CRJ 320 Women, Crime, and Criminal Justice
3 credits The study of women crime victims, offenders, and criminal justice professionals. Issues examined include: victimization of women including sexual assault and domestic violence, patterns of criminality of female offenders, theories of female criminality, and incarcerated female offenders.
CRJ 330 Punishment, Sentencing, and the Death Penalty
3 credits This course examines historical, cross cultural, and contemporary perspectives on punishment. The impact of theories and philosophies of punishment on sentencing is examined. Emphasis will be placed on the development, impact, and effectiveness of sentencing policies. Particular attention will be devoted to the death penalty including analysis of historical, legal, cross cultural, and contemporary issues.
CRJ/SOC 348B Prisons and Mental Hospitals
3 credits An historical review of the notions of criminality and mental illness with a focus on the emergence and development of prisons and mental hospitals. Prerequisites: ENG 101-102 or 110-111.
CRJ/SOC/POL 352 Research Methods
This course examines research design and measurement techniques useful for understanding social science research. The course is skill based involving students in designing and carrying out an original research project, tabulating and analyzing the data, and writing a research report. Of particular interest are issues of problem definition, conceptualization and operationalization of research questions, sampling, and application of various methodologies from experimental designs to evaluation research. Prerequisites: MTH 140; junior standing or consent of the instructor.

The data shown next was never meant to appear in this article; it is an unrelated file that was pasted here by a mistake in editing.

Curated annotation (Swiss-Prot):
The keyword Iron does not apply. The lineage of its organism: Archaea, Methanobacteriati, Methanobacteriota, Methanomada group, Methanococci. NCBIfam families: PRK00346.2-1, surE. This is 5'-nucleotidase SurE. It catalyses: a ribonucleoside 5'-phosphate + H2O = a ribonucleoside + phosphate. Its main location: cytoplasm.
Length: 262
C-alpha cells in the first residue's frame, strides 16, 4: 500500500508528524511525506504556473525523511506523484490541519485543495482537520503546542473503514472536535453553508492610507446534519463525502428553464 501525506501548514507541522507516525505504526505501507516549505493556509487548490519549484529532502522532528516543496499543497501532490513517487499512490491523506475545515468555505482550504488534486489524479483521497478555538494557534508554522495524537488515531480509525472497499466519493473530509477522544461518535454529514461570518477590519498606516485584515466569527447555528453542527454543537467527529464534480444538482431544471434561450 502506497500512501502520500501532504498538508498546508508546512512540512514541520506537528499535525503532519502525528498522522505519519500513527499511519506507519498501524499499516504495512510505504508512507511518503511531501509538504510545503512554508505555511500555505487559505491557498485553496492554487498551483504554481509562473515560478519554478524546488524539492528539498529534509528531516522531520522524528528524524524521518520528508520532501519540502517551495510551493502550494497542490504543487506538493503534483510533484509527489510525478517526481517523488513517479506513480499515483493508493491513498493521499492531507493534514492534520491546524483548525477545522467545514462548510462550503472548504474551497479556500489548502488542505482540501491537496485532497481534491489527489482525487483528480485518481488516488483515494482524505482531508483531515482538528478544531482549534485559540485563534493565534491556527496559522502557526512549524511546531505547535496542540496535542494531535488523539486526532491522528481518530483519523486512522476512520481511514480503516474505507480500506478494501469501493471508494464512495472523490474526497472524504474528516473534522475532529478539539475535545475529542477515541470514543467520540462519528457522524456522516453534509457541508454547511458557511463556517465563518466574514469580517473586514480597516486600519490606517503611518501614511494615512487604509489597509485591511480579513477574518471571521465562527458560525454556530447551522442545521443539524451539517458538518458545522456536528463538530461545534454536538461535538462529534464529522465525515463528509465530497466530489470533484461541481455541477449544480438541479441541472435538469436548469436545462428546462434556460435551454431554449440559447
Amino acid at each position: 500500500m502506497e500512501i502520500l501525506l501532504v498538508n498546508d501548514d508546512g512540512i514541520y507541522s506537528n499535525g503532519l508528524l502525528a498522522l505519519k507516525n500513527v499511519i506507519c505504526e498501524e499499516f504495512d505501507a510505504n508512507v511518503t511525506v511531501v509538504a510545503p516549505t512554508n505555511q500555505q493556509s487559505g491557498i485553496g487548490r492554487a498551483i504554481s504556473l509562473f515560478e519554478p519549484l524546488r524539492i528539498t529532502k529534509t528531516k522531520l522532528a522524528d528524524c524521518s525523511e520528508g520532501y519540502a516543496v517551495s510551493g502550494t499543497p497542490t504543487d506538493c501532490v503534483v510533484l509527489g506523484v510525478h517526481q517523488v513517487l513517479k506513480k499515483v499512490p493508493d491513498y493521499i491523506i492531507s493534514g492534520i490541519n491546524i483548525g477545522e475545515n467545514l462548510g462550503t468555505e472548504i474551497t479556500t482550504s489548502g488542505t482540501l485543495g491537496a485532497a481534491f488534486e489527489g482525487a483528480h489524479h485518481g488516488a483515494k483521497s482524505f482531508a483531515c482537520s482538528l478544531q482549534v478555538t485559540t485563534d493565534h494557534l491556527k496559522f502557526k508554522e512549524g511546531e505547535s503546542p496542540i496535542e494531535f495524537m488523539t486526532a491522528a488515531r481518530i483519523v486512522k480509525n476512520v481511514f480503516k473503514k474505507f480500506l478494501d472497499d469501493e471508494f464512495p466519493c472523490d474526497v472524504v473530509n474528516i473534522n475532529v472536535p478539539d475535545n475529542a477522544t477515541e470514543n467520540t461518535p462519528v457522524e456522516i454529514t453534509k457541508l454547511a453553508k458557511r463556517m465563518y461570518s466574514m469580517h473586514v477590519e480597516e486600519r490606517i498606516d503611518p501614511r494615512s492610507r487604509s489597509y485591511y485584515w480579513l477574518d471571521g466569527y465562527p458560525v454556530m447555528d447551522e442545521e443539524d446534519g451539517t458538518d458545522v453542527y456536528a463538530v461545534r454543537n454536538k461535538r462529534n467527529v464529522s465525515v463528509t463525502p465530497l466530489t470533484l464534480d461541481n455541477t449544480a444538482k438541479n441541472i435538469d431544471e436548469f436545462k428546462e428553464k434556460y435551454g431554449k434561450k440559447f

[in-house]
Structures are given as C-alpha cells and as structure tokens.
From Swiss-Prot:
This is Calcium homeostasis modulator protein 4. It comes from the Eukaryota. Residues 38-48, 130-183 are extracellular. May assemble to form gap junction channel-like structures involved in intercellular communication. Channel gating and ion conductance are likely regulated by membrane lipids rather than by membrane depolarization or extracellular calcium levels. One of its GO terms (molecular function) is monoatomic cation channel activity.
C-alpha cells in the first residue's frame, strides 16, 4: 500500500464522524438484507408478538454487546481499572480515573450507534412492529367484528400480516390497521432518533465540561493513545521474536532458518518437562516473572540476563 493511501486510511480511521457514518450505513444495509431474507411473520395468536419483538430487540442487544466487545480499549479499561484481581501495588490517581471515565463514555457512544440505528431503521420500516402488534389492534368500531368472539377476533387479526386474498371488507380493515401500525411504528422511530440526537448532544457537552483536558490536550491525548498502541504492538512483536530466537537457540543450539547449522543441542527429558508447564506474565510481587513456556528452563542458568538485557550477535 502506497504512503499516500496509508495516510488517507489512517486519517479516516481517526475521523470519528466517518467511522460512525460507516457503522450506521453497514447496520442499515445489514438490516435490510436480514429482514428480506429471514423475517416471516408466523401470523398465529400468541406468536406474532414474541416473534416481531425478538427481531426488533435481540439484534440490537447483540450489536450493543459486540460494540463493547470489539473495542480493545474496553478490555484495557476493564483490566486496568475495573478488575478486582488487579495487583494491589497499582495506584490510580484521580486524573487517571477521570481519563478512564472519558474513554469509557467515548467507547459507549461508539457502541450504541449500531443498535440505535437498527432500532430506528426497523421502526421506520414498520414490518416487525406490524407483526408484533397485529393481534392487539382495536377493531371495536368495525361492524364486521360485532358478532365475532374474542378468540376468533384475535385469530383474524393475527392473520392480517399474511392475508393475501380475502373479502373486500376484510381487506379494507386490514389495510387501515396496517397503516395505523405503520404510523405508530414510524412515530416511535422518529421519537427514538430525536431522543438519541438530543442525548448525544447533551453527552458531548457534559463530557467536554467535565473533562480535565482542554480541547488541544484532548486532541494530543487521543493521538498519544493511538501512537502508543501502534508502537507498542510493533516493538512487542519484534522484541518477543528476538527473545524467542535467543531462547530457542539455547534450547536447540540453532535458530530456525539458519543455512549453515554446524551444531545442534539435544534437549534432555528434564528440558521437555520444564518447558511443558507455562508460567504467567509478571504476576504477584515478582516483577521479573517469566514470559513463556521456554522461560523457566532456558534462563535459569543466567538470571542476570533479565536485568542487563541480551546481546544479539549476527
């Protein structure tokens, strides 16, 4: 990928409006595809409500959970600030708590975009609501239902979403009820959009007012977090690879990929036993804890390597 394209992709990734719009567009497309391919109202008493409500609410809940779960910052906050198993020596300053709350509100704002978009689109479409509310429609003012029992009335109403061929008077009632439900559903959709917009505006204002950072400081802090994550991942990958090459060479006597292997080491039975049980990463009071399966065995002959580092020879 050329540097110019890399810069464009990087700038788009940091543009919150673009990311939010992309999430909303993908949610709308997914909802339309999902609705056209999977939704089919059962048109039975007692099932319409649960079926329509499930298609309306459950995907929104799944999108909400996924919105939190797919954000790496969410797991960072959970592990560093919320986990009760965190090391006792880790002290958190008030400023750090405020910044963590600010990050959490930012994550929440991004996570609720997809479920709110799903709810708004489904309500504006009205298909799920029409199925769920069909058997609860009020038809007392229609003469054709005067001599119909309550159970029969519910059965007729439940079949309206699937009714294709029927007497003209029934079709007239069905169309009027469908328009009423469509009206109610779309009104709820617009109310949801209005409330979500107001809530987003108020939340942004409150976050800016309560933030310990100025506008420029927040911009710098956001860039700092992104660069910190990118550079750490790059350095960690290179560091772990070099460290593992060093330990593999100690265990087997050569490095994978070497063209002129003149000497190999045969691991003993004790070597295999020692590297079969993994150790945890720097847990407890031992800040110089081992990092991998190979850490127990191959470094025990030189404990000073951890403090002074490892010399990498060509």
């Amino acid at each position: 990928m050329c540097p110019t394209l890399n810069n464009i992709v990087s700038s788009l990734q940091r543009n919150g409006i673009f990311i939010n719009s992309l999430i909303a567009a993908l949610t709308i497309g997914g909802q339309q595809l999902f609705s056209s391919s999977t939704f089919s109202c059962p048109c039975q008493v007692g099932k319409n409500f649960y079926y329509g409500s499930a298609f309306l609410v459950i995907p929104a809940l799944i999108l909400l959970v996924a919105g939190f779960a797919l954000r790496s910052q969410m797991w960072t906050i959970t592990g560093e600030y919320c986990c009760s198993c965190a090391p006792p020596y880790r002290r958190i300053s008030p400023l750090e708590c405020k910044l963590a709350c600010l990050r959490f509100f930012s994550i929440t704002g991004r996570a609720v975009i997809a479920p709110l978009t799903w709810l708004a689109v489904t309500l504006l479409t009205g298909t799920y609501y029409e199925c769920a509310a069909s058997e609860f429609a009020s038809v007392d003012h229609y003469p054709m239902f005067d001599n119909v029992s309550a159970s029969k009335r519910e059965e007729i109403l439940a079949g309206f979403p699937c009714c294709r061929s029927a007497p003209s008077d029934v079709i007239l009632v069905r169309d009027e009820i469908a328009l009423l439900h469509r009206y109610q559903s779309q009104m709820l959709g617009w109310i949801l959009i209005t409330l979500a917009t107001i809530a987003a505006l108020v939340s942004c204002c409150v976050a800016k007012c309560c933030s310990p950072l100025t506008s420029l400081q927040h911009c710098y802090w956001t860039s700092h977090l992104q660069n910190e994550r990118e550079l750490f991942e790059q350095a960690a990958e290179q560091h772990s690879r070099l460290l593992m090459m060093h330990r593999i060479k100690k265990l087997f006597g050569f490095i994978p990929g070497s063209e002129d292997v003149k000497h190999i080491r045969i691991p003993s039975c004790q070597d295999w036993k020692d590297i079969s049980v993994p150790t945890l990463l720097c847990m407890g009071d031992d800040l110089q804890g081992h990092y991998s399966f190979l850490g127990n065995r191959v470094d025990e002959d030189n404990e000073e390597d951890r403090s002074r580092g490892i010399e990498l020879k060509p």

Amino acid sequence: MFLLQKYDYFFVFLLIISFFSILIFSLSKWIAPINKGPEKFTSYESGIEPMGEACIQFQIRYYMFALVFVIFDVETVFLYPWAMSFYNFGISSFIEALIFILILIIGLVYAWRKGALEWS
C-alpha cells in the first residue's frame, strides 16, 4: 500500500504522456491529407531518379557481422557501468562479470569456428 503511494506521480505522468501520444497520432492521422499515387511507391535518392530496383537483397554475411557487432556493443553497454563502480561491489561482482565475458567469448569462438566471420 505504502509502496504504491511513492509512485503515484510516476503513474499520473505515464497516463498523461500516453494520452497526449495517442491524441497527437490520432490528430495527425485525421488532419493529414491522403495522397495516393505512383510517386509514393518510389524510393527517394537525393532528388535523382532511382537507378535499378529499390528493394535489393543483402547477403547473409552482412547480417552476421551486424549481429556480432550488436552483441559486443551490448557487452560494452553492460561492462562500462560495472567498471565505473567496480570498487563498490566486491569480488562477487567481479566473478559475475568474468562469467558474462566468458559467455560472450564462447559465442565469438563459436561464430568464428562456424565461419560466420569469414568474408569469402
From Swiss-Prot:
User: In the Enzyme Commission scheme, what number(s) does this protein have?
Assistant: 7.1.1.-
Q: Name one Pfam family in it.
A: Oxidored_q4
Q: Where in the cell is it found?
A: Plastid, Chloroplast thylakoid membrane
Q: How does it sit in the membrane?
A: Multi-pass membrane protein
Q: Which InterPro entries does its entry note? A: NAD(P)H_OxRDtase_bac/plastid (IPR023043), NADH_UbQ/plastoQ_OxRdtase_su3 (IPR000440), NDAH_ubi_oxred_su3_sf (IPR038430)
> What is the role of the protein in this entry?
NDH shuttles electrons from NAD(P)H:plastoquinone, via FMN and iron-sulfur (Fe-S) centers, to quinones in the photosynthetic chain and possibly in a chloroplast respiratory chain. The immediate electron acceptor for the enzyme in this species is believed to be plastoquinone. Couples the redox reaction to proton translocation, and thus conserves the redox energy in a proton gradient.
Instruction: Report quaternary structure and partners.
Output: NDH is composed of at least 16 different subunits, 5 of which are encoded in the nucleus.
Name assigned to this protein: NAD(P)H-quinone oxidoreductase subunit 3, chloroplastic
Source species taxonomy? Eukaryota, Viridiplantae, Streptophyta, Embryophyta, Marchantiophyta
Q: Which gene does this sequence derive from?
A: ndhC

CRJ/SOC 365 Criminology
3 credits Study of the nature, distribution and types of crime in society. Theories of crime causation in both historical and contemporary perspectives are examined. Prerequisite: CRJ 105, junior or senior standing or consent of instructor.
CRJ 378 Race and Ethnicity in Criminal Justice
3 credits This course examines the role of race and ethnicity in criminal justice. Course material and assigned readings will examine current criminal justice theory and research in the study of race and ethnicity. Topics include: history of race and ethnicity in the construction of law, differences in rates of involvement in crime by race and ethnicity, and disparities in the impact of criminal justice based on race and ethnicity. Policies for alleviating inequality in the criminal justice system will be examined.
CRJ/POL/SOC 379C CORE: Causes of Collective Violence: Terrorism, Genocide, War